Oxford announces new German research partnerships

The move is expected to bring more collaboration in the sciences and humanities

Oxford University has announced a new research partnership with four German institutions, beginning what Berlin’s Mayor has called “a new era of cooperation for Berlin and Oxford”.

The partnership will span across the sciences, humanities, and social sciences, consolidating existing research links as well as providing opportunities for new projects.

The collaborating institutions — Freie Universität Berlin, Humboldt-Universität zu Berlin, Technische Universität Berlin, and the Charité Universitätsmedizin Berlin — have already begun a programme of academic workshops in several fields.

It is also anticipated that an Oxford-Berlin Research Centre will be built in Berlin and a Berliner Haus in Oxford.

Louise Richardson, vice chancellor of the University, said: “Although the United Kingdom is leaving the European Union, it is not leaving Europe.”

These new collaborative research projects may also be eligible for common funding not only from British, but also from German foundations and funding agencies.

Oxford also hopes to introduce new investment streams to the Berlin institutions through its experience in fundraising and knowledge transfers.

Professor Dr.-Ing Sabine Kunst, President of the Humboldt-Universität zu Berlin, said: “we hope to put together a targeted collective strategy in order to circumvent any possible consequences of Brexit.”

The UK government’s current Brexit negotiating position has caused concern among some academics, who fear it may limit research and funding opportunities.

Dr Rob Davidson, Director and Co-Founder of Scientists for EU and Healthier IN the EU, told Cherwell: “when a PI (principal investigator, or research group leader) applies to participate in an EU program like Horizon 2020, there is a question on the form that asks, ‘do you foresee that your national government would accept the jurisdiction of the ECJ?’ — under current plans, even if we were paying to access EU science, we would be excluding ourselves from completing the forms for participation.”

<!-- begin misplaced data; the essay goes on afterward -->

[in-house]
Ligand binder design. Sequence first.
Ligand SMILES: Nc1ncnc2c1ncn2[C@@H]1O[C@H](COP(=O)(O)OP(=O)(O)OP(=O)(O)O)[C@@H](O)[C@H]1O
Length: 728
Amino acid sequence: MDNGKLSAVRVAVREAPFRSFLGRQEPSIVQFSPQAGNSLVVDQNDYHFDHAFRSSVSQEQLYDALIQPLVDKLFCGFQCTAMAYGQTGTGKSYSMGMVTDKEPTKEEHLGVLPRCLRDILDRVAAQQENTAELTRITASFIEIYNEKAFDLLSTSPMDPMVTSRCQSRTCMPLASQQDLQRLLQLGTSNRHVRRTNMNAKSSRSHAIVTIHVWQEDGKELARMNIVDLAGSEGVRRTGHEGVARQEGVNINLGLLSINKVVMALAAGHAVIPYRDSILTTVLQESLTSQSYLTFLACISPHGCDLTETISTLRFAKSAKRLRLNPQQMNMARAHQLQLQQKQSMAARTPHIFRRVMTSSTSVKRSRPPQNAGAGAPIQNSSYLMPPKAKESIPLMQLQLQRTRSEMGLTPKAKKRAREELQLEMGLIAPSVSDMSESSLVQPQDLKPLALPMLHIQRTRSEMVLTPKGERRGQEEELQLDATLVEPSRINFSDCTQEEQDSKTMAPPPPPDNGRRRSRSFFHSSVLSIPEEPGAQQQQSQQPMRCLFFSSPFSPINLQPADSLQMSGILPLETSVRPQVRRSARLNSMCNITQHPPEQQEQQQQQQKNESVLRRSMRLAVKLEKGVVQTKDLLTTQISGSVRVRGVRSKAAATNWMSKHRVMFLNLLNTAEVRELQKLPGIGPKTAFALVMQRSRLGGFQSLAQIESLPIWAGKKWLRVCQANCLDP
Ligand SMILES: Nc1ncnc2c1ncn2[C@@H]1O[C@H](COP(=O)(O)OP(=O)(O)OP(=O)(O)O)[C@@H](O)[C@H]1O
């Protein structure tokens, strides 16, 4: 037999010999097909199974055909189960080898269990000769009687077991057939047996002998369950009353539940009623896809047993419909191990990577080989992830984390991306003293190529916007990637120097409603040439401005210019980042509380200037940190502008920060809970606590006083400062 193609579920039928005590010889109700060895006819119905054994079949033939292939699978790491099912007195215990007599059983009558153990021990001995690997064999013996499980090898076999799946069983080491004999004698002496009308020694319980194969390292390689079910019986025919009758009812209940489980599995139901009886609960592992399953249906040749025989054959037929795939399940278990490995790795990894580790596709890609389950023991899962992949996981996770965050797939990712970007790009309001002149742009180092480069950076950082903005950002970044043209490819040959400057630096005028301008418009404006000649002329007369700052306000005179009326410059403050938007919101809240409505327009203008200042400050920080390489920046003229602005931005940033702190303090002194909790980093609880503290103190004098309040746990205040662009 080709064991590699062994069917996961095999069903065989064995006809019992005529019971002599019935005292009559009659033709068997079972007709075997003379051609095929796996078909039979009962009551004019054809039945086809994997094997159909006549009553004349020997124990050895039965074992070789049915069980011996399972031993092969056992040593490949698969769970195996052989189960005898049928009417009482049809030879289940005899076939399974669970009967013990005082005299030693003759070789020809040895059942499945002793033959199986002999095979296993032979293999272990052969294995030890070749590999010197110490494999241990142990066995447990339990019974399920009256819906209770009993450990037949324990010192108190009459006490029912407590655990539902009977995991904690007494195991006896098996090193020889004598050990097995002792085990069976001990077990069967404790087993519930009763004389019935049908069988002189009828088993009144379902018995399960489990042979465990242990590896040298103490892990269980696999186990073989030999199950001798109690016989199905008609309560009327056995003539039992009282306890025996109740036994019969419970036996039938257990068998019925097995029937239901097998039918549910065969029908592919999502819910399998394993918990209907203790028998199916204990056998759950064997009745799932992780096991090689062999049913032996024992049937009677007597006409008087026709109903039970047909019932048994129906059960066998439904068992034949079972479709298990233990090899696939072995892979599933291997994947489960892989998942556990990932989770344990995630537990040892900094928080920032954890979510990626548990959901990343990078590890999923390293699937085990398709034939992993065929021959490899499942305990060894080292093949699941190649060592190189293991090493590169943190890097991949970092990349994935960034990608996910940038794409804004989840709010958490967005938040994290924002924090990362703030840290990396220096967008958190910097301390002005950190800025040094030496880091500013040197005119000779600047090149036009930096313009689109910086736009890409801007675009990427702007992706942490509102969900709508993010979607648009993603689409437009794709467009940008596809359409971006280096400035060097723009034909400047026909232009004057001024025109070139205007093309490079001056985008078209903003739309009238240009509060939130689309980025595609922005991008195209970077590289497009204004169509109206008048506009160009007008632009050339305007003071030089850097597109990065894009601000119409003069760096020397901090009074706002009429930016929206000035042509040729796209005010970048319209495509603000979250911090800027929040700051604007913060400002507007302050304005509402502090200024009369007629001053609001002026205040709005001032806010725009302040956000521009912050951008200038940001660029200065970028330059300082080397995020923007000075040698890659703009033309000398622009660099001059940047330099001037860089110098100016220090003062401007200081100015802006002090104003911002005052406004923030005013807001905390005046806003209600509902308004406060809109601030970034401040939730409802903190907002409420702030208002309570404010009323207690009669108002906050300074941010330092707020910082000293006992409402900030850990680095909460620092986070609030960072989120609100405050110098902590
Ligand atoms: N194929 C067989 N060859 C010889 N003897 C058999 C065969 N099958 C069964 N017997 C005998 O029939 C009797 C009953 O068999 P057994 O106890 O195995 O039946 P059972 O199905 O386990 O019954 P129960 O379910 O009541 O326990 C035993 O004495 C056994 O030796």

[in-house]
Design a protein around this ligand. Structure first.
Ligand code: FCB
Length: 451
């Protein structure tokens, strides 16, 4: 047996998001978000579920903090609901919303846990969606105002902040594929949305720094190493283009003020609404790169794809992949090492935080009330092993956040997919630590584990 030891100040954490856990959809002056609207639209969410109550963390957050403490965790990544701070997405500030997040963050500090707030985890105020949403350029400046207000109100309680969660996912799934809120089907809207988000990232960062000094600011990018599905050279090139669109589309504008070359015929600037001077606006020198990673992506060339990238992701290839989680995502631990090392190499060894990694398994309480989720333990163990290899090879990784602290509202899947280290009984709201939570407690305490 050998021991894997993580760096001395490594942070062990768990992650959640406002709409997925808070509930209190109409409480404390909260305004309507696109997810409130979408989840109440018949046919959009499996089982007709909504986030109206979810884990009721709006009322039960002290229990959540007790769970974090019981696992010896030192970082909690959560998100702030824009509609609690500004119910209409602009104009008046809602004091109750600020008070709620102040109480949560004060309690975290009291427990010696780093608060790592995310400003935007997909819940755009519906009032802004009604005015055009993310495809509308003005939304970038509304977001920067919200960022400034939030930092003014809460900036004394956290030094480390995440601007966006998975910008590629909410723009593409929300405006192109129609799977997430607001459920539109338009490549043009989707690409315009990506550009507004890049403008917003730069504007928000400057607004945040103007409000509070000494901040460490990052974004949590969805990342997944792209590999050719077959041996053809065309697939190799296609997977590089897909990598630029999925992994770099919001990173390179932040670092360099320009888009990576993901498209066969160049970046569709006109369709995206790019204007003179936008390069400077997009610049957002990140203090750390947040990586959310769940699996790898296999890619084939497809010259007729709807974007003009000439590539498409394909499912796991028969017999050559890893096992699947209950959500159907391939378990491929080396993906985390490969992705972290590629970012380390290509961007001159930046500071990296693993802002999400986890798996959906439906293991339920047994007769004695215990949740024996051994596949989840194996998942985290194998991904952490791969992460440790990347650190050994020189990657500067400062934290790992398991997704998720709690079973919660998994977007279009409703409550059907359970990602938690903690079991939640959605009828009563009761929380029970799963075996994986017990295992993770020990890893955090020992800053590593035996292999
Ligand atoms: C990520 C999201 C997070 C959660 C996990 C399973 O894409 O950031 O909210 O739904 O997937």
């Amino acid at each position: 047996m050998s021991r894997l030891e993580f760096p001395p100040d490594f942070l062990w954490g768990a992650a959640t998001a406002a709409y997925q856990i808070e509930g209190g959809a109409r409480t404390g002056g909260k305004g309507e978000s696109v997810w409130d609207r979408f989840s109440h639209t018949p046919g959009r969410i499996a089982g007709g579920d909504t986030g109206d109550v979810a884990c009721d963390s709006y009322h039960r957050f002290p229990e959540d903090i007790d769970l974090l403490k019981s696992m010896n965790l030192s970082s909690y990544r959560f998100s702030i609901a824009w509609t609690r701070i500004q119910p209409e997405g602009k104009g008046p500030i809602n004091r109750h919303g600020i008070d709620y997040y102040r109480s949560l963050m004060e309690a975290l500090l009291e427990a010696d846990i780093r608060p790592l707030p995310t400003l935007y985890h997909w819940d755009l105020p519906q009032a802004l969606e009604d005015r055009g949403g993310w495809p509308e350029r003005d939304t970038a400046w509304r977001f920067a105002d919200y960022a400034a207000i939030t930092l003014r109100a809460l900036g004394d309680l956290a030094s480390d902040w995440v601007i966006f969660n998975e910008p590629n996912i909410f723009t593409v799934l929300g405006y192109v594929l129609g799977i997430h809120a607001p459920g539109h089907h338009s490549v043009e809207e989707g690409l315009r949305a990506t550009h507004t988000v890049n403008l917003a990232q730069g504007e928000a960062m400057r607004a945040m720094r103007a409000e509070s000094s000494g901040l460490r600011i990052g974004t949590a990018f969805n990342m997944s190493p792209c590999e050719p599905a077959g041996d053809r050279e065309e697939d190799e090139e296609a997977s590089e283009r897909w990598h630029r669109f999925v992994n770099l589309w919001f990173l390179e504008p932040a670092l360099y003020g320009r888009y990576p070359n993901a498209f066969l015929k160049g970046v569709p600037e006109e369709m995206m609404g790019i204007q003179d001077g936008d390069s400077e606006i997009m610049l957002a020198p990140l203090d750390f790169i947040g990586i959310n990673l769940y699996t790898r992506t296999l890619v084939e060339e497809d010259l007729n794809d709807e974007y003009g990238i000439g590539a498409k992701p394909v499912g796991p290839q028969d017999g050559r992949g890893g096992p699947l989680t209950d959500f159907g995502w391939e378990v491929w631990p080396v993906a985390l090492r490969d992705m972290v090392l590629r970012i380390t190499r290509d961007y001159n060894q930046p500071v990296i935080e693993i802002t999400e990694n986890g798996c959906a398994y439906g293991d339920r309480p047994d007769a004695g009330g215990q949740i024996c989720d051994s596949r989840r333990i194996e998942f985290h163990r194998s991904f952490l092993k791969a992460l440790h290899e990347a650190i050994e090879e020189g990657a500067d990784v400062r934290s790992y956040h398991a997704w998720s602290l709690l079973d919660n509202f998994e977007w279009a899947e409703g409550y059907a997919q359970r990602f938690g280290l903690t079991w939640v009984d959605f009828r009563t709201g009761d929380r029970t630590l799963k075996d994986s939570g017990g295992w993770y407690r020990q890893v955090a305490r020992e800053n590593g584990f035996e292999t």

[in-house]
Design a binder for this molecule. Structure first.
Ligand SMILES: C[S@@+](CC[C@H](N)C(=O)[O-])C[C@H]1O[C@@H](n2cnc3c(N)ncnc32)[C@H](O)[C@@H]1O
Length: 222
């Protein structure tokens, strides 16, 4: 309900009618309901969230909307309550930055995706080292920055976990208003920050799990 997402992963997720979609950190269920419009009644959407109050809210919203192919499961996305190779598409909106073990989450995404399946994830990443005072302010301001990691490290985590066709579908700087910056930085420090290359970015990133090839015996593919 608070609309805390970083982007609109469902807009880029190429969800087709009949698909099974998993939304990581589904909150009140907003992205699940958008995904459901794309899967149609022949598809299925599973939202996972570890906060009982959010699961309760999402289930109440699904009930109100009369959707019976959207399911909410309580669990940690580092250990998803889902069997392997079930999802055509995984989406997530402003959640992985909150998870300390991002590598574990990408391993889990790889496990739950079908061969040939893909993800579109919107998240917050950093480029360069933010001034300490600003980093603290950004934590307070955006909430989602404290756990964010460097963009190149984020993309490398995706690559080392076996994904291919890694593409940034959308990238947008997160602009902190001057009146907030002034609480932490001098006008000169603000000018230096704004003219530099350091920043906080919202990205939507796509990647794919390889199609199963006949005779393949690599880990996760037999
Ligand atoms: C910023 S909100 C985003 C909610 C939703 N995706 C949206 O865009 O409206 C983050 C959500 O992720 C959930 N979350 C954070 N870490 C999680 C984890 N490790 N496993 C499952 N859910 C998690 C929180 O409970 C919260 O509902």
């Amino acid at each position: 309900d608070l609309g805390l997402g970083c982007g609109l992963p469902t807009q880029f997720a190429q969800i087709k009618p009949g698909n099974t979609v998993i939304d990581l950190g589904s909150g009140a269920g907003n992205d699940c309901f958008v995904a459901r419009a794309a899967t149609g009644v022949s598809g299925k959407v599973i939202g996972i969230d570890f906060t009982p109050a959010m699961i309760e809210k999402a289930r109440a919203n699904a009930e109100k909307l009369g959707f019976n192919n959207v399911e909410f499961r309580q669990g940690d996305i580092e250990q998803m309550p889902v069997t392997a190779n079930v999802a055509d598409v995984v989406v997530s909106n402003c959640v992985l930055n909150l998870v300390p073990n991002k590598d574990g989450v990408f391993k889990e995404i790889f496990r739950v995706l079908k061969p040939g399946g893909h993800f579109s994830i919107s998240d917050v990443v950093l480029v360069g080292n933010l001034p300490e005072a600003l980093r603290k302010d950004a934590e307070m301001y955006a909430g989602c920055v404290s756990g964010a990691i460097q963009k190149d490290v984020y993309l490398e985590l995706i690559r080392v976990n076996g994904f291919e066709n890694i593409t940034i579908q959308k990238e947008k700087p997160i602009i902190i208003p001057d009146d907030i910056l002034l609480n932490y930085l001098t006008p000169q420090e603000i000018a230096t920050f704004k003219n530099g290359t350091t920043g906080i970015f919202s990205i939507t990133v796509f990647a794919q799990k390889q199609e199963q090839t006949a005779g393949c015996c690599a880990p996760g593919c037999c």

Whilst Dr Davidson praised the partnership, saying that scientific research in general required such “strong international links”, he expressed reservations about these kind of partnerships becoming the norm for UK and European institutions after Brexit.

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Such partnerships, he said: “would likely reduce the chance of close ties with all the other institutions.”

“We also need to remember that while institutions can develop specialisms, even well secured professors move on. Should we not think having special relationships through consortia of mobile researchers, rather than special links between brick buildings?”

“We’ve seen major cuts announced this year from Durham, Heriot Watt, Aberystwyth and several more. They have all cited existing conditions and the certain damage of Brexit as their reasoning. Most of our universities will not have funds to create special partnerships like this one.”

Alastair Buchan, Oxford University’s Head of Brexit strategy, told The Telegraph in January this year how institutional partnerships will not just be limited to European countries in the future.

“One of the things that we did lose [after joining the EU] was that nice and easy flow of clinicians and clinician science from Canada, the US, Australia, New Zealand and South Africa,” he said.

“We had really good collaborations, which hopefully in this Brexit climate might be reinvented, because that movement of English-speaking medicine was actually a casualty of joining Europe.”